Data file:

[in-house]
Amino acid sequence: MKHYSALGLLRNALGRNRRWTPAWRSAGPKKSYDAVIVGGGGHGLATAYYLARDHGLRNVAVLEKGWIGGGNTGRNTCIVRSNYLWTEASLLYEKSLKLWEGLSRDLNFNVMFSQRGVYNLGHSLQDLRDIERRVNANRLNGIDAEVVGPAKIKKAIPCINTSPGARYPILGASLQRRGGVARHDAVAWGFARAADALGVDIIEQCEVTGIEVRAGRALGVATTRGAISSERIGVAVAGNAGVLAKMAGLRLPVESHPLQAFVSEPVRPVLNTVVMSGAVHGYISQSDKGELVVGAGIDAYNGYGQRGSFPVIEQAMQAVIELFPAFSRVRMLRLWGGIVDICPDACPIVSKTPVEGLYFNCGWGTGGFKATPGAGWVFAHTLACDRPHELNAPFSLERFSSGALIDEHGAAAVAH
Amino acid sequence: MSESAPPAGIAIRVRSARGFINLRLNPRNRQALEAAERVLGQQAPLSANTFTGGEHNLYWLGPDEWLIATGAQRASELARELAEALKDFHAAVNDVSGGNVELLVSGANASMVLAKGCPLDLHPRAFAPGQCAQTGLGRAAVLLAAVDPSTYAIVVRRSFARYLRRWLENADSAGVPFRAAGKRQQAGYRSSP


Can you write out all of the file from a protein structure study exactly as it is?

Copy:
[in-house]
Amino acid sequence: MKHYSALGLLRNALGRNRRWTPAWRSAGPKKSYDAVIVGGGGHGLATAYYLARDHGLRNVAVLEKGWIGGGNTGRNTCIVRSNYLWTEASLLYEKSLKLWEGLSRDLNFNVMFSQRGVYNLGHSLQDLRDIERRVNANRLNGIDAEVVGPAKIKKAIPCINTSPGARYPILGASLQRRGGVARHDAVAWGFARAADALGVDIIEQCEVTGIEVRAGRALGVATTRGAISSERIGVAVAGNAGVLAKMAGLRLPVESHPLQAFVSEPVRPVLNTVVMSGAVHGYISQSDKGELVVGAGIDAYNGYGQRGSFPVIEQAMQAVIELFPAFSRVRMLRLWGGIVDICPDACPIVSKTPVEGLYFNCGWGTGGFKATPGAGWVFAHTLACDRPHELNAPFSLERFSSGALIDEHGAAAVAH
Amino acid sequence: MSESAPPAGIAIRVRSARGFINLRLNPRNRQALEAAERVLGQQAPLSANTFTGGEHNLYWLGPDEWLIATGAQRASELARELAEALKDFHAAVNDVSGGNVELLVSGANASMVLAKGCPLDLHPRAFAPGQCAQTGLGRAAVLLAAVDPSTYAIVVRRSFARYLRRWLENADSAGVPFRAAGKRQQAGYRSSP